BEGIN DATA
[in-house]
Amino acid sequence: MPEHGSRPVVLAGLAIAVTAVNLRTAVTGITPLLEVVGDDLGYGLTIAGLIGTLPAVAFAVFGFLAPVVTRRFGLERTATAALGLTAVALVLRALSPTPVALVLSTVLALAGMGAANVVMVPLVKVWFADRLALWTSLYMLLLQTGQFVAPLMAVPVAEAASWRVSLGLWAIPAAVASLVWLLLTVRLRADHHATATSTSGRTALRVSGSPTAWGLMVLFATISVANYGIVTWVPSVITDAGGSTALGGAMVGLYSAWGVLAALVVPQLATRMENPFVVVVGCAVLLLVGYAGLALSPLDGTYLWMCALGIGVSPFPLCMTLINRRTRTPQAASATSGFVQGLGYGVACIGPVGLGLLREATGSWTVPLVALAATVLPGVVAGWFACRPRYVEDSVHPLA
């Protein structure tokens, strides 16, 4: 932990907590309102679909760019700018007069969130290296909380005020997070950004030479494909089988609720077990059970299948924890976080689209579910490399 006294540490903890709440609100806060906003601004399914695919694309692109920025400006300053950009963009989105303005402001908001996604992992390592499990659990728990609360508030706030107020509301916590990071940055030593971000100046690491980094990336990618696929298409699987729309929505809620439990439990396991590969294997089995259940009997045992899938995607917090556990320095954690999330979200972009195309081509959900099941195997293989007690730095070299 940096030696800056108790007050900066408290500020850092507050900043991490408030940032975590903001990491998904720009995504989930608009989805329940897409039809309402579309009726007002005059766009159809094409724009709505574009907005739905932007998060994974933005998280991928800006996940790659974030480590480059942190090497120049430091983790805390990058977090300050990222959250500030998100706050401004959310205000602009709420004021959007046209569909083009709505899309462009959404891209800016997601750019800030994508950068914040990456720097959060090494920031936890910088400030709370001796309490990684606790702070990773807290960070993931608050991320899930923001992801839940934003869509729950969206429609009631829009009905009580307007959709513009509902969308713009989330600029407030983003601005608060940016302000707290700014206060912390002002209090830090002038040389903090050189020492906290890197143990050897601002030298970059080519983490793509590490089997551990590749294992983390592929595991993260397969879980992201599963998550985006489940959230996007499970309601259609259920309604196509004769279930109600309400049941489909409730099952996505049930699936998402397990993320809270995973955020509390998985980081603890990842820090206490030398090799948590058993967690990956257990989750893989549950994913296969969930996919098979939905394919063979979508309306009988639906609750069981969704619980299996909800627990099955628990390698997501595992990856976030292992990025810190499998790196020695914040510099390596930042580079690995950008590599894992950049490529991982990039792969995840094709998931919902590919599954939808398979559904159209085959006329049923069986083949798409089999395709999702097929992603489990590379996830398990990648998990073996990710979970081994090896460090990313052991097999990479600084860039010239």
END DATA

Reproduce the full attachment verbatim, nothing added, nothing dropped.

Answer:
[in-house]
Amino acid sequence: MPEHGSRPVVLAGLAIAVTAVNLRTAVTGITPLLEVVGDDLGYGLTIAGLIGTLPAVAFAVFGFLAPVVTRRFGLERTATAALGLTAVALVLRALSPTPVALVLSTVLALAGMGAANVVMVPLVKVWFADRLALWTSLYMLLLQTGQFVAPLMAVPVAEAASWRVSLGLWAIPAAVASLVWLLLTVRLRADHHATATSTSGRTALRVSGSPTAWGLMVLFATISVANYGIVTWVPSVITDAGGSTALGGAMVGLYSAWGVLAALVVPQLATRMENPFVVVVGCAVLLLVGYAGLALSPLDGTYLWMCALGIGVSPFPLCMTLINRRTRTPQAASATSGFVQGLGYGVACIGPVGLGLLREATGSWTVPLVALAATVLPGVVAGWFACRPRYVEDSVHPLA
């Protein structure tokens, strides 16, 4: 932990907590309102679909760019700018007069969130290296909380005020997070950004030479494909089988609720077990059970299948924890976080689209579910490399 006294540490903890709440609100806060906003601004399914695919694309692109920025400006300053950009963009989105303005402001908001996604992992390592499990659990728990609360508030706030107020509301916590990071940055030593971000100046690491980094990336990618696929298409699987729309929505809620439990439990396991590969294997089995259940009997045992899938995607917090556990320095954690999330979200972009195309081509959900099941195997293989007690730095070299 940096030696800056108790007050900066408290500020850092507050900043991490408030940032975590903001990491998904720009995504989930608009989805329940897409039809309402579309009726007002005059766009159809094409724009709505574009907005739905932007998060994974933005998280991928800006996940790659974030480590480059942190090497120049430091983790805390990058977090300050990222959250500030998100706050401004959310205000602009709420004021959007046209569909083009709505899309462009959404891209800016997601750019800030994508950068914040990456720097959060090494920031936890910088400030709370001796309490990684606790702070990773807290960070993931608050991320899930923001992801839940934003869509729950969206429609009631829009009905009580307007959709513009509902969308713009989330600029407030983003601005608060940016302000707290700014206060912390002002209090830090002038040389903090050189020492906290890197143990050897601002030298970059080519983490793509590490089997551990590749294992983390592929595991993260397969879980992201599963998550985006489940959230996007499970309601259609259920309604196509004769279930109600309400049941489909409730099952996505049930699936998402397990993320809270995973955020509390998985980081603890990842820090206490030398090799948590058993967690990956257990989750893989549950994913296969969930996919098979939905394919063979979508309306009988639906609750069981969704619980299996909800627990099955628990390698997501595992990856976030292992990025810190499998790196020695914040510099390596930042580079690995950008590599894992950049490529991982990039792969995840094709998931919902590919599954939808398979559904159209085959006329049923069986083949798409089999395709999702097929992603489990590379996830398990990648998990073996990710979970081994090896460090990313052991097999990479600084860039010239």